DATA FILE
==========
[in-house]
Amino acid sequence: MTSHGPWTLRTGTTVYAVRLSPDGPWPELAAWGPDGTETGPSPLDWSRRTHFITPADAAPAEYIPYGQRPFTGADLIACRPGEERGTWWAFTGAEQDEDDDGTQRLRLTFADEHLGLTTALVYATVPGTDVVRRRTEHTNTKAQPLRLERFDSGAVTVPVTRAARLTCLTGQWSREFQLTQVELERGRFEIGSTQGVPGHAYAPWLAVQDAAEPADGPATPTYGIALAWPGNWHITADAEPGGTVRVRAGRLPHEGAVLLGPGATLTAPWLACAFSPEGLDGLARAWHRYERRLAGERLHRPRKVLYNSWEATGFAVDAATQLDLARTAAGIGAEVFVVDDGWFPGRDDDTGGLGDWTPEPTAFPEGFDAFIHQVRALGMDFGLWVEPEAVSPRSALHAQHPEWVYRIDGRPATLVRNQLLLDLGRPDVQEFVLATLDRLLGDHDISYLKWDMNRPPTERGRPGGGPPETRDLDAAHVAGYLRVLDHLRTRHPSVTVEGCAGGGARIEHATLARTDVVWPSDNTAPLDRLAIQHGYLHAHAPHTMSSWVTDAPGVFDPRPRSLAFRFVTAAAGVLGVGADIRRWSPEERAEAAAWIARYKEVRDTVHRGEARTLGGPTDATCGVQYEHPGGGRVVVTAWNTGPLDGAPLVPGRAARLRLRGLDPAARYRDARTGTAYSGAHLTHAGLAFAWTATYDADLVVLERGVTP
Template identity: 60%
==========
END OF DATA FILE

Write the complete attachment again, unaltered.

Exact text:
[in-house]
Amino acid sequence: MTSHGPWTLRTGTTVYAVRLSPDGPWPELAAWGPDGTETGPSPLDWSRRTHFITPADAAPAEYIPYGQRPFTGADLIACRPGEERGTWWAFTGAEQDEDDDGTQRLRLTFADEHLGLTTALVYATVPGTDVVRRRTEHTNTKAQPLRLERFDSGAVTVPVTRAARLTCLTGQWSREFQLTQVELERGRFEIGSTQGVPGHAYAPWLAVQDAAEPADGPATPTYGIALAWPGNWHITADAEPGGTVRVRAGRLPHEGAVLLGPGATLTAPWLACAFSPEGLDGLARAWHRYERRLAGERLHRPRKVLYNSWEATGFAVDAATQLDLARTAAGIGAEVFVVDDGWFPGRDDDTGGLGDWTPEPTAFPEGFDAFIHQVRALGMDFGLWVEPEAVSPRSALHAQHPEWVYRIDGRPATLVRNQLLLDLGRPDVQEFVLATLDRLLGDHDISYLKWDMNRPPTERGRPGGGPPETRDLDAAHVAGYLRVLDHLRTRHPSVTVEGCAGGGARIEHATLARTDVVWPSDNTAPLDRLAIQHGYLHAHAPHTMSSWVTDAPGVFDPRPRSLAFRFVTAAAGVLGVGADIRRWSPEERAEAAAWIARYKEVRDTVHRGEARTLGGPTDATCGVQYEHPGGGRVVVTAWNTGPLDGAPLVPGRAARLRLRGLDPAARYRDARTGTAYSGAHLTHAGLAFAWTATYDADLVVLERGVTP
Template identity: 60%